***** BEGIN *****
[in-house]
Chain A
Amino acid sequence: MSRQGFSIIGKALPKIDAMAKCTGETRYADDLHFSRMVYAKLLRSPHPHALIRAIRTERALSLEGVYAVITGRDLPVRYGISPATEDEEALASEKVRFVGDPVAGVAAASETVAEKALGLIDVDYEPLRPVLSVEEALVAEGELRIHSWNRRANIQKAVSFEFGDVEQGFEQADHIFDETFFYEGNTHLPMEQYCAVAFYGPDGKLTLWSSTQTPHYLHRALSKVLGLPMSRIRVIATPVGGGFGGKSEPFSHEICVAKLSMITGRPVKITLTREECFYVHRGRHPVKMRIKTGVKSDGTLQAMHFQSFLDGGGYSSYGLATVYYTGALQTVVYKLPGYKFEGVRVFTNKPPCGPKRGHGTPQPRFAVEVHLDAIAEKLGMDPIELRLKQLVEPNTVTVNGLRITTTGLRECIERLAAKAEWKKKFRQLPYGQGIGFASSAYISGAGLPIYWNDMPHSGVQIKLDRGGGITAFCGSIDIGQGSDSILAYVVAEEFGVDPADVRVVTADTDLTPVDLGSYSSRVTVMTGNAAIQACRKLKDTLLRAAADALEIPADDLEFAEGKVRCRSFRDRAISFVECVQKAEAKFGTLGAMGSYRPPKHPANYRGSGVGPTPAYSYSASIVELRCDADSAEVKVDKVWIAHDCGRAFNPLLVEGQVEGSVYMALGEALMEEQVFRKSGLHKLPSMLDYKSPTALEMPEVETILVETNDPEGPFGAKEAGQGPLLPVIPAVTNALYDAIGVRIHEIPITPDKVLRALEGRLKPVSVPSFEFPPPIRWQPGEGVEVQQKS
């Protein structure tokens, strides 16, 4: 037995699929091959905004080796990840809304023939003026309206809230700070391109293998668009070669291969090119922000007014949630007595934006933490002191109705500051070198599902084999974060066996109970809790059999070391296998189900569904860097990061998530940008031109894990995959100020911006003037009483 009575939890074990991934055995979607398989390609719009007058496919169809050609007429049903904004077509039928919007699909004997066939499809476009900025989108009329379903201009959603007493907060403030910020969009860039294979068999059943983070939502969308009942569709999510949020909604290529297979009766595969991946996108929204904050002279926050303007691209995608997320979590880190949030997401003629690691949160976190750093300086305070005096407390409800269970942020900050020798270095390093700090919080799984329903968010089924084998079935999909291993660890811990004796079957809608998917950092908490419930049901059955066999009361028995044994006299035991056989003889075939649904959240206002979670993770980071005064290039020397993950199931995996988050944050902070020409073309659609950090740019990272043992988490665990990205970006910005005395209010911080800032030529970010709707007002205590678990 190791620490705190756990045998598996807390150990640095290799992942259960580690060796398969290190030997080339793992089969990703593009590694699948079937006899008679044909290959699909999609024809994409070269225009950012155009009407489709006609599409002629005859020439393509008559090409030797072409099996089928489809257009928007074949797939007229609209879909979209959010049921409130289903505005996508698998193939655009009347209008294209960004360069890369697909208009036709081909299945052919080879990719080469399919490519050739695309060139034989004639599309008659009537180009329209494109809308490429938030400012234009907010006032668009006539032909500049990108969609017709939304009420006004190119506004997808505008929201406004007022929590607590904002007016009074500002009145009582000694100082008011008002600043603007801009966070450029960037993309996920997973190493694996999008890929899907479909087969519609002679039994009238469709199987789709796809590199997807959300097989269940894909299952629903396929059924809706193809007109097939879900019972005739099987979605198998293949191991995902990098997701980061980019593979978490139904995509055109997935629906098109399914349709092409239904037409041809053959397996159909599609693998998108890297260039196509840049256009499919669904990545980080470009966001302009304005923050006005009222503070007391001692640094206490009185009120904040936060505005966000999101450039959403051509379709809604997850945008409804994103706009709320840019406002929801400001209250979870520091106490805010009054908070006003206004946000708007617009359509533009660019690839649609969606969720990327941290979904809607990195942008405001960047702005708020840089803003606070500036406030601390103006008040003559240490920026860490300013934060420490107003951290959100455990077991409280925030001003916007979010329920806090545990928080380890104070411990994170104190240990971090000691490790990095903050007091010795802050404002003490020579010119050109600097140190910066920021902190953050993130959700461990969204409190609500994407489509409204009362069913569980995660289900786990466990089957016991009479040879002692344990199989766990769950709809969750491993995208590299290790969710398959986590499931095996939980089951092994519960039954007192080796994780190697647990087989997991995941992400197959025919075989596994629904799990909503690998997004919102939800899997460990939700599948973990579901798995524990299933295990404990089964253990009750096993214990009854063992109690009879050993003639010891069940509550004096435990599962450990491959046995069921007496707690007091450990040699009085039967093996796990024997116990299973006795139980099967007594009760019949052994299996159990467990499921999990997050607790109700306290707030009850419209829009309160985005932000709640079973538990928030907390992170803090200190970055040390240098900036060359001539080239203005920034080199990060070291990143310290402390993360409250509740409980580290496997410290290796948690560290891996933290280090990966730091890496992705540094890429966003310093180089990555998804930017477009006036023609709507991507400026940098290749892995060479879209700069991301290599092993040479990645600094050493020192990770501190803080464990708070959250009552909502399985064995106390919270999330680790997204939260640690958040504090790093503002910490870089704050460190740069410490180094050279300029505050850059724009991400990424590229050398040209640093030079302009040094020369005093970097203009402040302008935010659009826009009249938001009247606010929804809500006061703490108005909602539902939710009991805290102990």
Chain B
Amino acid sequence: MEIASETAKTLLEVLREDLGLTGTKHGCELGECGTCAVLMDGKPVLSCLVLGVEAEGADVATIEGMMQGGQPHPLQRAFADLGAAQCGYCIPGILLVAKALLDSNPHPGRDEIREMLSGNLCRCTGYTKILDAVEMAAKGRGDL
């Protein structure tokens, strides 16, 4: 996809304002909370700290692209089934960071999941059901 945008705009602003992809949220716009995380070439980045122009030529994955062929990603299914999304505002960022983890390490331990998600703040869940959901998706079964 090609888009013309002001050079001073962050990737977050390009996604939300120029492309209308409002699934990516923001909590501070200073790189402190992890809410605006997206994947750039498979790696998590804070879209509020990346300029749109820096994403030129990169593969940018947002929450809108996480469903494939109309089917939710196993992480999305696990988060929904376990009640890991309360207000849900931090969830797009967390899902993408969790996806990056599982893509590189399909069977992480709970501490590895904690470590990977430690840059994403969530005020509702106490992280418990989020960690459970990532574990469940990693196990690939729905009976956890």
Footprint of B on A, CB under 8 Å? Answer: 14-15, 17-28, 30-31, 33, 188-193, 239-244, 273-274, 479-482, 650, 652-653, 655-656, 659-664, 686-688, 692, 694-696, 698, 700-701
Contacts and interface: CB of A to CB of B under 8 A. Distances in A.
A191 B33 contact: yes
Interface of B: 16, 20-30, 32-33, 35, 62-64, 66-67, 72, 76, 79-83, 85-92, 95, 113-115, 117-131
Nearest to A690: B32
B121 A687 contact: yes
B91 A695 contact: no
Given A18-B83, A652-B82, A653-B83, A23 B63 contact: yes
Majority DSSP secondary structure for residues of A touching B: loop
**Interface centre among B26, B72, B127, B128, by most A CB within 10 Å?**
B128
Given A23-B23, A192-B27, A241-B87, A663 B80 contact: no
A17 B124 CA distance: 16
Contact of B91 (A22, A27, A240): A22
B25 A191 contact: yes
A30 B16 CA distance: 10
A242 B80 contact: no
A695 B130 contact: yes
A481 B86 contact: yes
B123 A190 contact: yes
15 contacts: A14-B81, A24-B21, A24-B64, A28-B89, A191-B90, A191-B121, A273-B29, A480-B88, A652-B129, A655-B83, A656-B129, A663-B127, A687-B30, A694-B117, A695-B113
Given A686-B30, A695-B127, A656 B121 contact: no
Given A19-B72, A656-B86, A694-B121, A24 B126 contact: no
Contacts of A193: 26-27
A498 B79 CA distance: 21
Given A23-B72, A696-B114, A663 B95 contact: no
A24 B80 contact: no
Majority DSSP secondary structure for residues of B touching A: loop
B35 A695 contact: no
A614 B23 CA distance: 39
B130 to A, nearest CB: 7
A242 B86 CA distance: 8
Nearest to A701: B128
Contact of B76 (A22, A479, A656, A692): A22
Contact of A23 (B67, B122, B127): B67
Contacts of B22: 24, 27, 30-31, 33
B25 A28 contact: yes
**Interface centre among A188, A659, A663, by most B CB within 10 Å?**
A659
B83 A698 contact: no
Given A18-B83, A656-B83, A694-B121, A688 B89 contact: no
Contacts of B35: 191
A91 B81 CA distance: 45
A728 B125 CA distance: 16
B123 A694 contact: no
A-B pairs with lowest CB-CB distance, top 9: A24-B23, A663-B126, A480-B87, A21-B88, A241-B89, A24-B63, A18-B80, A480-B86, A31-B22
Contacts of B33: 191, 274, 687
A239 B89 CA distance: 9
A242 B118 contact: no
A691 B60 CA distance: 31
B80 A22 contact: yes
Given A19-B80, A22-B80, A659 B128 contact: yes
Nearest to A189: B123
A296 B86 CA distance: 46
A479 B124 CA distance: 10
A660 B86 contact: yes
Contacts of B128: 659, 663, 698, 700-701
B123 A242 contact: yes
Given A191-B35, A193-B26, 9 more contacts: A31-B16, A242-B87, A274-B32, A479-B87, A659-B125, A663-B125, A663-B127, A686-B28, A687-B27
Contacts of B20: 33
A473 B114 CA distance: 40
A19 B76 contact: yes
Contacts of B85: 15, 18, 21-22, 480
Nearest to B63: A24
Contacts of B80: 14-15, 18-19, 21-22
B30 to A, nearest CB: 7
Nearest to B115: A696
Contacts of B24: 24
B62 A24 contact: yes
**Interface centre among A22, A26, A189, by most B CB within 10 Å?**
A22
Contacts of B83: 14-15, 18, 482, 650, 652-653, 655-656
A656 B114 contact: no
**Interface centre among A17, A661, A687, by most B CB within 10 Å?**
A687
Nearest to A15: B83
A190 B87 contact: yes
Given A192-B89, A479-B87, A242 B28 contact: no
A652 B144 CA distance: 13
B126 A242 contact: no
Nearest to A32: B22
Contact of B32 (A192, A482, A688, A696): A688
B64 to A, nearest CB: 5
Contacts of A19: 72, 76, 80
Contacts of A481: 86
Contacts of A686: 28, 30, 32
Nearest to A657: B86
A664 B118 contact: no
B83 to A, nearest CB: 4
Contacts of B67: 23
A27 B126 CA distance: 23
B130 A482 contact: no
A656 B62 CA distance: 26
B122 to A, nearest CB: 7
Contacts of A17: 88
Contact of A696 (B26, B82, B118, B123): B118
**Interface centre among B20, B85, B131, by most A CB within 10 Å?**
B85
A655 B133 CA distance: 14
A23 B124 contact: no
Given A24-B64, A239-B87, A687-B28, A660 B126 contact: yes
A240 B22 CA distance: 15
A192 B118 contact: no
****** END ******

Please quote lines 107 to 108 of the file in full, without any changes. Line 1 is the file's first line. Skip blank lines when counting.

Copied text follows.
A23 B124 contact: no
Given A24-B64, A239-B87, A687-B28, A660 B126 contact: yes